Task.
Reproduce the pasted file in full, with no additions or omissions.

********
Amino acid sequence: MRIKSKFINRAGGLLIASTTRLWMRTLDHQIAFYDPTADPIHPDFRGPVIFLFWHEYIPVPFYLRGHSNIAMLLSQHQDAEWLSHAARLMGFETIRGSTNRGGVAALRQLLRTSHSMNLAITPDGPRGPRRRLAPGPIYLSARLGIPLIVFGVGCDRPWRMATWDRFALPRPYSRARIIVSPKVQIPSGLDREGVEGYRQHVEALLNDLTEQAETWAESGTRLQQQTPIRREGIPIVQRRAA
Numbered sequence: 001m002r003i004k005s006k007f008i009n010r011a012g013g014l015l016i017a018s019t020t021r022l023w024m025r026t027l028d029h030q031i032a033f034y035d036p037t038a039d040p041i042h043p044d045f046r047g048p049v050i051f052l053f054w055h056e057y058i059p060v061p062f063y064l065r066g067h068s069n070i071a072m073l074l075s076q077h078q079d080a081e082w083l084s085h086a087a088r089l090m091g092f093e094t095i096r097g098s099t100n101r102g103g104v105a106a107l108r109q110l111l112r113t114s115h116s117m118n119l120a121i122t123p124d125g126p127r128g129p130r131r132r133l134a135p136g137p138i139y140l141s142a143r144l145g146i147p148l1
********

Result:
Amino acid sequence: MRIKSKFINRAGGLLIASTTRLWMRTLDHQIAFYDPTADPIHPDFRGPVIFLFWHEYIPVPFYLRGHSNIAMLLSQHQDAEWLSHAARLMGFETIRGSTNRGGVAALRQLLRTSHSMNLAITPDGPRGPRRRLAPGPIYLSARLGIPLIVFGVGCDRPWRMATWDRFALPRPYSRARIIVSPKVQIPSGLDREGVEGYRQHVEALLNDLTEQAETWAESGTRLQQQTPIRREGIPIVQRRAA
Numbered sequence: 001m002r003i004k005s006k007f008i009n010r011a012g013g014l015l016i017a018s019t020t021r022l023w024m025r026t027l028d029h030q031i032a033f034y035d036p037t038a039d040p041i042h043p044d045f046r047g048p049v050i051f052l053f054w055h056e057y058i059p060v061p062f063y064l065r066g067h068s069n070i071a072m073l074l075s076q077h078q079d080a081e082w083l084s085h086a087a088r089l090m091g092f093e094t095i096r097g098s099t100n101r102g103g104v105a106a107l108r109q110l111l112r113t114s115h116s117m118n119l120a121i122t123p124d125g126p127r128g129p130r131r132r133l134a135p136g137p138i139y140l141s142a143r144l145g146i147p148l1